Is my invention protected when it is “patent pending”?

After you submit a patent application to the U.S. Patent and Trademark Office (USPTO), your invention is officially “patent pending” and you may use that term when describing the invention to others.  In fact, because of the large backlog of cases at the USPTO, your invention is likely to stay “patent pending” for several years.

So what kind of protection do you have when your invention is patent pending?  Is it safe to market your idea to others? Can they simply steal your invention from you once you disclose it to them?

Inventors will be glad to hear that the term “patent pending” actually carries a lot of weight when it comes to stopping others from stealing inventions.  If an inventor has a patent pending for an invention and a company begins to use that invention without his permission, the inventor can proceed to get the patent issued and sue the company for patent infringement.  Patent damages start to accrue from the date that the application is published 18 months after it is filed.  Moreover, the inventor can get triple damages if he can prove the infringement was willful.  Finally, the inventor may also get an injunction against the company, thereby stopping the company from selling any more of the infringing product.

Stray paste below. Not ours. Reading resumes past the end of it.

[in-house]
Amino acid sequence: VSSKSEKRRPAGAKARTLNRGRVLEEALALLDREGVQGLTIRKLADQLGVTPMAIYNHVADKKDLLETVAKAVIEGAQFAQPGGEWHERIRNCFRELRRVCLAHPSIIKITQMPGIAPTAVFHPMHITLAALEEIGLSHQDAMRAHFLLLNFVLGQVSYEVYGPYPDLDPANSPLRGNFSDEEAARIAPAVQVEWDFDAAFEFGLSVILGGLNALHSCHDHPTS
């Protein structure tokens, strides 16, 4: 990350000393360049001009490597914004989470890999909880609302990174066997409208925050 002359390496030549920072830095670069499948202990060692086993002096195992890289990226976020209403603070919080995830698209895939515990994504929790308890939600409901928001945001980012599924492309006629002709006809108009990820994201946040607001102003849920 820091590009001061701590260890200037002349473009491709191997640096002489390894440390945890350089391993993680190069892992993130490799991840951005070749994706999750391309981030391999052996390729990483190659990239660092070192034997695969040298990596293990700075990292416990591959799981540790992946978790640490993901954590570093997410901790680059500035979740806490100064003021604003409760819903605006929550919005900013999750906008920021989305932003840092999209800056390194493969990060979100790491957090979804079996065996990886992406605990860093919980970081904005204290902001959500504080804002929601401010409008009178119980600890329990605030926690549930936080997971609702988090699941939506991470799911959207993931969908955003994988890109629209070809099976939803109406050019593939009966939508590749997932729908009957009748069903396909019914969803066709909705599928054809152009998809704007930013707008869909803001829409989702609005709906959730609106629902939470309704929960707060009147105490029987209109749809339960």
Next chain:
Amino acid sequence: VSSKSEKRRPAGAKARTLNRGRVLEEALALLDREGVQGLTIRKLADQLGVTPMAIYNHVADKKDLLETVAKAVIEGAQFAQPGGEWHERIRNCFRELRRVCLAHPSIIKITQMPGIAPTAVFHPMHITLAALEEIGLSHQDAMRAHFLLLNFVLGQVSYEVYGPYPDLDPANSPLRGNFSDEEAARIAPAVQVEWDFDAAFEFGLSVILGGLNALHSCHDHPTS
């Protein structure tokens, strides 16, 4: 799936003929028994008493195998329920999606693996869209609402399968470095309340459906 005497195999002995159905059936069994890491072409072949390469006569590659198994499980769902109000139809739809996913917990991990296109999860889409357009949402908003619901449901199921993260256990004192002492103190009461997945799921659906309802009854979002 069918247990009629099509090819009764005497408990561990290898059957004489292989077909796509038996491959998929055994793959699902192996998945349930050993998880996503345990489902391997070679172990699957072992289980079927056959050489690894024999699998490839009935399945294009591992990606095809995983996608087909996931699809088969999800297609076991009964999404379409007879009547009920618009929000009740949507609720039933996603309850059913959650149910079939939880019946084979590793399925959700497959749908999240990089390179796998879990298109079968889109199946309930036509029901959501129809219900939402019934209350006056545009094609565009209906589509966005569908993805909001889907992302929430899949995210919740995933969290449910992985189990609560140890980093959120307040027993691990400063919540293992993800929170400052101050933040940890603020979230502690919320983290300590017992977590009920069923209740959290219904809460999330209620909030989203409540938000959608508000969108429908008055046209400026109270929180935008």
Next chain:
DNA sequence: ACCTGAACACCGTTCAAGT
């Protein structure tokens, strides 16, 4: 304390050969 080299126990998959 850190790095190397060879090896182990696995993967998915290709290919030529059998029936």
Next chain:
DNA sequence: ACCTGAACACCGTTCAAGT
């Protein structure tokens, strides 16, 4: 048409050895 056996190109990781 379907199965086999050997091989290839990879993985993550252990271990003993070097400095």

All this is not good for the offending company.  By the time the infringement case is over, that company may have to pay triple damages, have to quit selling the product, and lose all its development and marketing costs.

For this reason, you are likely to find that most companies are not likely to rip off your “patent pending” invention if they believe you have a good chance of eventually getting a patent.  These companies will recognize that it is better business to simply buy or license the patent rights from you than steal the idea from you and face the consequences.